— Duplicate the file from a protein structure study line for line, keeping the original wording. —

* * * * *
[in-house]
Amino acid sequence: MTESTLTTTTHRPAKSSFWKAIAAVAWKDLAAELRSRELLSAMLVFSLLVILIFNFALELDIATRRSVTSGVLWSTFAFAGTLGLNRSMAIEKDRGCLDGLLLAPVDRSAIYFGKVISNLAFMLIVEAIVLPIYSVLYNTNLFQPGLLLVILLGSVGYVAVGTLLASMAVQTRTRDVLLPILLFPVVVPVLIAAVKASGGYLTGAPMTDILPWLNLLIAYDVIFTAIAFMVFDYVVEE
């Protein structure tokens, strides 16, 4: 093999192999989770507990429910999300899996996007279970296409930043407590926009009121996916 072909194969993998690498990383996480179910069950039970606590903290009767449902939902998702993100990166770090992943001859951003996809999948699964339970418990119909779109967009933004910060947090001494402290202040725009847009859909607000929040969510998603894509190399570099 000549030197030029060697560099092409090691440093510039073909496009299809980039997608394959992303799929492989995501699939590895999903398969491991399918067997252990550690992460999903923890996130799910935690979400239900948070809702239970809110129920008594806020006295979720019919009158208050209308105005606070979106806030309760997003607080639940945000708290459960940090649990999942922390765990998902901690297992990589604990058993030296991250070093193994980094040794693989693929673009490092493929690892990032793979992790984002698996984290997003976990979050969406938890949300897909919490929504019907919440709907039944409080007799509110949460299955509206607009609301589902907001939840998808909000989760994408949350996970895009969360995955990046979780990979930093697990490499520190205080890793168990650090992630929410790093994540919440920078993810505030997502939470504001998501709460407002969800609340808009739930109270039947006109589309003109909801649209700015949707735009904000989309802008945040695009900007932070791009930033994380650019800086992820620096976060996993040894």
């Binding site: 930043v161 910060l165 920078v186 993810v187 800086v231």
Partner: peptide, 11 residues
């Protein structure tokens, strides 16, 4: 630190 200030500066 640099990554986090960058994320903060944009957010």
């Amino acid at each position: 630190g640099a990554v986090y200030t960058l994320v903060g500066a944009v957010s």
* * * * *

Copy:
[in-house]
Amino acid sequence: MTESTLTTTTHRPAKSSFWKAIAAVAWKDLAAELRSRELLSAMLVFSLLVILIFNFALELDIATRRSVTSGVLWSTFAFAGTLGLNRSMAIEKDRGCLDGLLLAPVDRSAIYFGKVISNLAFMLIVEAIVLPIYSVLYNTNLFQPGLLLVILLGSVGYVAVGTLLASMAVQTRTRDVLLPILLFPVVVPVLIAAVKASGGYLTGAPMTDILPWLNLLIAYDVIFTAIAFMVFDYVVEE
């Protein structure tokens, strides 16, 4: 093999192999989770507990429910999300899996996007279970296409930043407590926009009121996916 072909194969993998690498990383996480179910069950039970606590903290009767449902939902998702993100990166770090992943001859951003996809999948699964339970418990119909779109967009933004910060947090001494402290202040725009847009859909607000929040969510998603894509190399570099 000549030197030029060697560099092409090691440093510039073909496009299809980039997608394959992303799929492989995501699939590895999903398969491991399918067997252990550690992460999903923890996130799910935690979400239900948070809702239970809110129920008594806020006295979720019919009158208050209308105005606070979106806030309760997003607080639940945000708290459960940090649990999942922390765990998902901690297992990589604990058993030296991250070093193994980094040794693989693929673009490092493929690892990032793979992790984002698996984290997003976990979050969406938890949300897909919490929504019907919440709907039944409080007799509110949460299955509206607009609301589902907001939840998808909000989760994408949350996970895009969360995955990046979780990979930093697990490499520190205080890793168990650090992630929410790093994540919440920078993810505030997502939470504001998501709460407002969800609340808009739930109270039947006109589309003109909801649209700015949707735009904000989309802008945040695009900007932070791009930033994380650019800086992820620096976060996993040894």
């Binding site: 930043v161 910060l165 920078v186 993810v187 800086v231």
Partner: peptide, 11 residues
């Protein structure tokens, strides 16, 4: 630190 200030500066 640099990554986090960058994320903060944009957010």
């Amino acid at each position: 630190g640099a990554v986090y200030t960058l994320v903060g500066a944009v957010s």